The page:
Thursday, May 28, 2020

'The Touch of the Unknown'

“The element of contagion, which plays so large a part in an epidemic, has the effect of making people separate from each other. The safest thing is to keep away from everyone else, for anyone may already have the infection on him.”

Familiar advice we’ve heard repeatedly for months. While on my afternoon walk, I find myself involuntarily eying fellow walkers and our cousins, the increasingly evident joggers, cyclists and stroller-pushers, not to mention cats and dogs, which is ridiculous even by my standards. When I sit on a bench in the courtyard of a nearby church, I feel a nagging urge not to touch it except with the pertinent portion of my anatomy. At the pharmacy I pause before entering my PIN on the keypad and savor the irony – fear of contagion at the place where I purchase medications to keep me reasonably healthy and alive. I had a dream the other night in which an old friend whom I haven’t seen in twenty-five years appeared, and I debated whether to shake his hand. Even in dreams I weigh courtesy and affection against fear of contagion.    

The passage at the top appears in Elias Canetti’s Masse und Macht, published in 1960 and translated by Carol Stewart in 1962 as Crowds and Power. The three-page chapter “Epidemics” (pp. 272-275, Seabury Press) you’ll find in the section titled “The Survivor.” Canetti opens by quoting five paragraphs from The History of the Peloponnesian War, in which Thucydides recounts the epidemic that ravaged Athens beginning in 430 B.C. “Tersely and accurately,” Canetti says, “it covers every essential aspect of the phenomenon,” before resuming his own observations:

“Some flee from the town and disperse to their estates; others shut themselves up in their houses and allow no-one in. Each man shuns every other; his last hope is to keep his distance. The prospect of life, and life itself, is expressed in terms of distance from the sick. Those who catch the infection end by forming a dead mass; those who have so far escaped it keep away from everyone, even their closest relatives, their parents, husbands or wives and children. It is strange to see how the hope of survival isolates them, each becoming a single individual confronting the crowd of victims.”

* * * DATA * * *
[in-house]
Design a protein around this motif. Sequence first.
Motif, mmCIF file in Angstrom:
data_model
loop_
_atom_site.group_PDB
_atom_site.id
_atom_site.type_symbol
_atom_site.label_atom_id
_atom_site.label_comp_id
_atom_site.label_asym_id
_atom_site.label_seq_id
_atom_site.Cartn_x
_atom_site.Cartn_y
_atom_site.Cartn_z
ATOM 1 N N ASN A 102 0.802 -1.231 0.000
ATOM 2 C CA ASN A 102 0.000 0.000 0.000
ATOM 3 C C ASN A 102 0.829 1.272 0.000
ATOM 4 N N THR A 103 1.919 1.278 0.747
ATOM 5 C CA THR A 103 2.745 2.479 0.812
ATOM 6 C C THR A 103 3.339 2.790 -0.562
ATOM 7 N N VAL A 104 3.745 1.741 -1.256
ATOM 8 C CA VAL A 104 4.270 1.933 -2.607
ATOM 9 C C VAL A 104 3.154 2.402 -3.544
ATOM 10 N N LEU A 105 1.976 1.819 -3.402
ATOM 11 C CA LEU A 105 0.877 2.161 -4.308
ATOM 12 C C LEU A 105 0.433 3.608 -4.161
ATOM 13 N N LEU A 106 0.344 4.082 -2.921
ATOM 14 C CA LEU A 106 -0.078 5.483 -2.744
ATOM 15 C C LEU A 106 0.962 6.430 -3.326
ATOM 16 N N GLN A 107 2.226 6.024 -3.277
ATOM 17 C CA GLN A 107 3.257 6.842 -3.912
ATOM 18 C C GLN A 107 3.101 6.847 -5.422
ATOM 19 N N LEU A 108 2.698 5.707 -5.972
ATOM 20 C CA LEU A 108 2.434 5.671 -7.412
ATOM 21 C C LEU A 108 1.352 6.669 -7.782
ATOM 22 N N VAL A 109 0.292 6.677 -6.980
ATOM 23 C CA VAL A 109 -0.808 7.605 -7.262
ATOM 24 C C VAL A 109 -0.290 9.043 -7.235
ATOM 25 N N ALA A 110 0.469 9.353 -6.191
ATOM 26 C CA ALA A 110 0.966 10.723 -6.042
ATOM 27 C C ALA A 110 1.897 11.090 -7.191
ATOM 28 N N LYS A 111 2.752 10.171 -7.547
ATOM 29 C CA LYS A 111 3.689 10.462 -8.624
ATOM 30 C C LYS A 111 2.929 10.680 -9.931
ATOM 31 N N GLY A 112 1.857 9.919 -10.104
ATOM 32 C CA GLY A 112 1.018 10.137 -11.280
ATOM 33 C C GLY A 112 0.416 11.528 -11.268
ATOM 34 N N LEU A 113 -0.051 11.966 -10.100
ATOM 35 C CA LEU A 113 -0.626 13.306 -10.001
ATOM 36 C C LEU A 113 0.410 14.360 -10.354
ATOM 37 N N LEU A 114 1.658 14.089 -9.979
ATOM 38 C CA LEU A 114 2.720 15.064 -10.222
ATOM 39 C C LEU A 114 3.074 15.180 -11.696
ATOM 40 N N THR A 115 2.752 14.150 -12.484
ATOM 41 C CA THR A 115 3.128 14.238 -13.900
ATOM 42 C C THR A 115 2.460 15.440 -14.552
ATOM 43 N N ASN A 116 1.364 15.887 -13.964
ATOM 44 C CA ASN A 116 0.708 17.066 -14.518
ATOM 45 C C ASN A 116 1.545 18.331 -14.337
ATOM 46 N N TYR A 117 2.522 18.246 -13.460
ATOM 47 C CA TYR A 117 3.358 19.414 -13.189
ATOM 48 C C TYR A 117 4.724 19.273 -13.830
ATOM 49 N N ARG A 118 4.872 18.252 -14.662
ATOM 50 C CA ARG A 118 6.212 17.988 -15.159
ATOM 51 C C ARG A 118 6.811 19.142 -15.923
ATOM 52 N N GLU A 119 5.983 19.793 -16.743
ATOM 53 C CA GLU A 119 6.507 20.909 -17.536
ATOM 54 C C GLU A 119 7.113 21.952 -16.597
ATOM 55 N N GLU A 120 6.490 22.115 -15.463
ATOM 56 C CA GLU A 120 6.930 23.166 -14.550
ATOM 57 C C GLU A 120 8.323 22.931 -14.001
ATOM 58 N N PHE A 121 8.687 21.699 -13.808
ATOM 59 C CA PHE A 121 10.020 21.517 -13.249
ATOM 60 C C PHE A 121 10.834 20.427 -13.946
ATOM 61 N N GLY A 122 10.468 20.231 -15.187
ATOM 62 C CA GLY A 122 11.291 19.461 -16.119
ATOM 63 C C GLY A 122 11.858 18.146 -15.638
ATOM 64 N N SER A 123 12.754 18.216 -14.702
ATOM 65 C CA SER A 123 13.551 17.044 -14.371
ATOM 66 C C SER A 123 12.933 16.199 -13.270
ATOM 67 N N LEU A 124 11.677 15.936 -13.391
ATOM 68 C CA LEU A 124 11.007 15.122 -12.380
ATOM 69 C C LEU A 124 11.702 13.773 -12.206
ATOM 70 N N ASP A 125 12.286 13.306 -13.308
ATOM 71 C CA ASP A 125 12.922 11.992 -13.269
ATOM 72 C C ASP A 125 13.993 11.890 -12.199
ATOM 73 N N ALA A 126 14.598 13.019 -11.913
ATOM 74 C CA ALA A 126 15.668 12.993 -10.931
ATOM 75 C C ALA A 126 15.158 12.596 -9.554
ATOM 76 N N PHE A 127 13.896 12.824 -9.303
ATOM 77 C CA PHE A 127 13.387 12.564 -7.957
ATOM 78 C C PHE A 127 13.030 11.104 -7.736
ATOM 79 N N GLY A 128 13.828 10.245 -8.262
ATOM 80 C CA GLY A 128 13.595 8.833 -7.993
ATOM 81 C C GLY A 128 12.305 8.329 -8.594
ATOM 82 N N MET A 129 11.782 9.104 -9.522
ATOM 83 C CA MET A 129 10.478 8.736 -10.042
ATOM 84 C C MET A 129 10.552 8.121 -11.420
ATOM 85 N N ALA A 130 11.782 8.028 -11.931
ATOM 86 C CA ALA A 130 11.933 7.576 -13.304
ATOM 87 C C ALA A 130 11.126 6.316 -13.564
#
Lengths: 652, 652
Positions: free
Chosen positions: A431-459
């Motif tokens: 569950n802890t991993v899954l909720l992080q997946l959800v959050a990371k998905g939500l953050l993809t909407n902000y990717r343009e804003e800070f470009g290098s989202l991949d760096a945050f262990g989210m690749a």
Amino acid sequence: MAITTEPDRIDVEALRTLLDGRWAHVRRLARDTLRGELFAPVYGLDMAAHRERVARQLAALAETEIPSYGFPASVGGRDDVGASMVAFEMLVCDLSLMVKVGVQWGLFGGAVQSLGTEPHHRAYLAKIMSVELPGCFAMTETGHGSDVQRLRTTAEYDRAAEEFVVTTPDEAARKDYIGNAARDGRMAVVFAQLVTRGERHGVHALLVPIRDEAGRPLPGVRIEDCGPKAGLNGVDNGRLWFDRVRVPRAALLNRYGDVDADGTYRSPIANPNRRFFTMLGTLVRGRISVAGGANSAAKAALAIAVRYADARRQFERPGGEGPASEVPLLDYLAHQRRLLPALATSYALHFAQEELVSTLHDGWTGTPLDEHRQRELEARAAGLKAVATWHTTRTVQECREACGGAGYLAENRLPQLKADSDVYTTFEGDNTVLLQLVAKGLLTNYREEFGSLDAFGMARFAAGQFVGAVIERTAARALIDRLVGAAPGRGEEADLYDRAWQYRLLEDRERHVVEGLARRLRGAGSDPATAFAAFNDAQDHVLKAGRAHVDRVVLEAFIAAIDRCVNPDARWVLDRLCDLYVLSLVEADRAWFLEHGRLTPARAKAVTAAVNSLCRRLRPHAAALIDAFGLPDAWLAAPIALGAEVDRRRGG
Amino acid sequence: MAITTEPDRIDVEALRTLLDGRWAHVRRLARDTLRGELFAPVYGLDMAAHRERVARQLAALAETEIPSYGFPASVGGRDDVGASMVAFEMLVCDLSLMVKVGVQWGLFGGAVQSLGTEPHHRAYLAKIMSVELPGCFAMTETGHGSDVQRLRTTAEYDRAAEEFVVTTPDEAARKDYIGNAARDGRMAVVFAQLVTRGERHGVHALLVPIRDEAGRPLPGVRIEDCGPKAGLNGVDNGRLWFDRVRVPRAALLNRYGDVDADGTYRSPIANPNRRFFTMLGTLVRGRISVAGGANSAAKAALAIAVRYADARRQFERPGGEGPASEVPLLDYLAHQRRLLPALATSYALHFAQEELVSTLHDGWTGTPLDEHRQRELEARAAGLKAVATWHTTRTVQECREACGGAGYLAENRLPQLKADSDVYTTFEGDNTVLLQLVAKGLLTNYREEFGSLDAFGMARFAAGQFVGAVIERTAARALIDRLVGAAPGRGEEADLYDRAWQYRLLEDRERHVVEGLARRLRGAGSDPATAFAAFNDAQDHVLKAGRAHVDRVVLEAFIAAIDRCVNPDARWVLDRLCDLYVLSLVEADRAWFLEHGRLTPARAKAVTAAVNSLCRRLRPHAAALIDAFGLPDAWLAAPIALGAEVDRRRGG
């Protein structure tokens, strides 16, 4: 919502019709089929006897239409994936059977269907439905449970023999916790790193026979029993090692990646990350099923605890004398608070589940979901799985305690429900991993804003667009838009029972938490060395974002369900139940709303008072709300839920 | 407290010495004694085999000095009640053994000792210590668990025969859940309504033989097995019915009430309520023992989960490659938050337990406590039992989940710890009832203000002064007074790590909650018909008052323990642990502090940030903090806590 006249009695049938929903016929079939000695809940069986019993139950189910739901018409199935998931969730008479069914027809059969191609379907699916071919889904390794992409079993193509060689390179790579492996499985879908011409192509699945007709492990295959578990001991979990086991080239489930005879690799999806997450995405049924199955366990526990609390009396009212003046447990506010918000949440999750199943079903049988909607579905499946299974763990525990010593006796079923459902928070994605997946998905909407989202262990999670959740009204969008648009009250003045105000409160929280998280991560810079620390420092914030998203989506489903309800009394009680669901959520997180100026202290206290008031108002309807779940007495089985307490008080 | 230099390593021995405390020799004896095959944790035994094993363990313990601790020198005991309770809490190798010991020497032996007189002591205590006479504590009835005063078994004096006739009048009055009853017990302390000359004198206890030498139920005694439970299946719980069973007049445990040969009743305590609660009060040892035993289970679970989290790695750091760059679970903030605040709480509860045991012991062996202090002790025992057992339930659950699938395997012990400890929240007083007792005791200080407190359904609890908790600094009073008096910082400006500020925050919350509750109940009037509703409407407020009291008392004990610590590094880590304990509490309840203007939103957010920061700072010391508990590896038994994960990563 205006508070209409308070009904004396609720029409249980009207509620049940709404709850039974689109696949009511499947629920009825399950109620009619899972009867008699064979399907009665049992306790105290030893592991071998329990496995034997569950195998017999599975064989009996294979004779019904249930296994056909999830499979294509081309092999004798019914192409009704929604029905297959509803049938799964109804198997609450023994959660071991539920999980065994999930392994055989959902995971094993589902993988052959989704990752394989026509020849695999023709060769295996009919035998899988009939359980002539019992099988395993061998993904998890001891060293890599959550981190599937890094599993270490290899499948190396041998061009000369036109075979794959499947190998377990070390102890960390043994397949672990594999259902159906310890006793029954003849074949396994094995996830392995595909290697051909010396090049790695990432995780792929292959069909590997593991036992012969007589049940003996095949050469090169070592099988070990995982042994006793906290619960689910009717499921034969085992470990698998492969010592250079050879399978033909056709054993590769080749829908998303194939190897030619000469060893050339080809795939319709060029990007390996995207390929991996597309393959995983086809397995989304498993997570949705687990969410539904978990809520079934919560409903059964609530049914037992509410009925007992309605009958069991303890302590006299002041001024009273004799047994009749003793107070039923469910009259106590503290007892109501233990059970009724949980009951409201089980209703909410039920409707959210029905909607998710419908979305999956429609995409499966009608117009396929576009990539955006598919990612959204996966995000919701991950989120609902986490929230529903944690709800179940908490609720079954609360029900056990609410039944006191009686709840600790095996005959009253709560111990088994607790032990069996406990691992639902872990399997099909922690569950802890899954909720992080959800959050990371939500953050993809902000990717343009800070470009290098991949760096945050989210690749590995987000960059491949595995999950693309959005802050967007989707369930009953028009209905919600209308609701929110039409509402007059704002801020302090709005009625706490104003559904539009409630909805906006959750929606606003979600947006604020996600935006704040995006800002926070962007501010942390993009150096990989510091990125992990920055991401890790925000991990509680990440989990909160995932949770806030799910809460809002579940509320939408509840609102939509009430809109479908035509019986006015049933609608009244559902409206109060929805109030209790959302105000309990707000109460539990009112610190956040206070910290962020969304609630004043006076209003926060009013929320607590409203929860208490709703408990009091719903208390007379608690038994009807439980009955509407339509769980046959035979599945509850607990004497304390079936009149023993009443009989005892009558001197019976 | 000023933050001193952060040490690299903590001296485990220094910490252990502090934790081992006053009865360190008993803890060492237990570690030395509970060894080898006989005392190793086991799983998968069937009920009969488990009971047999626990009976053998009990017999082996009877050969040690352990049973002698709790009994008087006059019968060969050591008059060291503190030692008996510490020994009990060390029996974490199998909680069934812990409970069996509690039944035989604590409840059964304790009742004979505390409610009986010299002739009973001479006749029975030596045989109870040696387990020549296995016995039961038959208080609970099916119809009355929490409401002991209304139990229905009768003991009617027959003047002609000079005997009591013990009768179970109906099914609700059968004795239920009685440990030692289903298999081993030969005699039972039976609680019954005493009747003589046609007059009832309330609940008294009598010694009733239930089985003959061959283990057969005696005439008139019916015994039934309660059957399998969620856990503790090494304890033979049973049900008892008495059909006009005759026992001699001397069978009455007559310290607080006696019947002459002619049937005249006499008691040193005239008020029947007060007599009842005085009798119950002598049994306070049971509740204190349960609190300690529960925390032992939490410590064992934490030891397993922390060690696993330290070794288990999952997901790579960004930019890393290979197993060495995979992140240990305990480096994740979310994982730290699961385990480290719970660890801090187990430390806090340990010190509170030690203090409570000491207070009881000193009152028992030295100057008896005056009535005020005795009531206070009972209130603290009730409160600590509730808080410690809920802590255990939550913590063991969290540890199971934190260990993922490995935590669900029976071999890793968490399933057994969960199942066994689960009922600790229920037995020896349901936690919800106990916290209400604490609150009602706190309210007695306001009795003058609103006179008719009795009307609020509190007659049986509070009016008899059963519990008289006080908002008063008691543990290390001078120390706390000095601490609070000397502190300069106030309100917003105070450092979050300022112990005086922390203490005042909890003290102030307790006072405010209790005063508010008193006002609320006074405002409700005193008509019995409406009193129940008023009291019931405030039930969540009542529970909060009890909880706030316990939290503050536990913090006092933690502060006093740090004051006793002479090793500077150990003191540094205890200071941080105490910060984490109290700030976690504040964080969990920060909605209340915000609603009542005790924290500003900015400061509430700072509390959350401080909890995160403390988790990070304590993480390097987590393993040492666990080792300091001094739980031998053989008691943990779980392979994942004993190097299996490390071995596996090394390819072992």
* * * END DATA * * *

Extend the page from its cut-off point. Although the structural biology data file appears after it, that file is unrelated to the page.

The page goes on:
I’ve never thought of the dead as a “crowd,” though they certainly outnumber us, the living, and sooner or later we will join them, thus enlarging the crowd. The precautions we are asked to take – for ourselves, for others -- demand little of us beyond common sense. Keep in mind that Canetti titles this section of his book “The Survivor”:

“But in the midst of universal disaster, when everyone attacked by the disease is given up for lost, the most astounding thing happens: a few, a very few, recover. The feelings of such people can be imagined. Not only have they survived, but they also feel themselves to be invulnerable, and thus they can afford sympathy for the sick and dying by whom they are surrounded. ‘Such people,’ says Thucydides, `were so elated at the time of their recovery that they fondly imagined that they could never die of any other disease in the future.’”

Epidemics are a small portion of Canetti’s principal themes, but those themes seem central to our ongoing situation. Here are the opening sentences of Crowds and Power:

“There is nothing that man fears more than the touch of the unknown. He wants to see what is reaching toward him, and to be able to recognize or at least classify it. Man always tends to avoid physical contact with anything strange. . . . All the distances which men create round themselves are dictated by this fear.”

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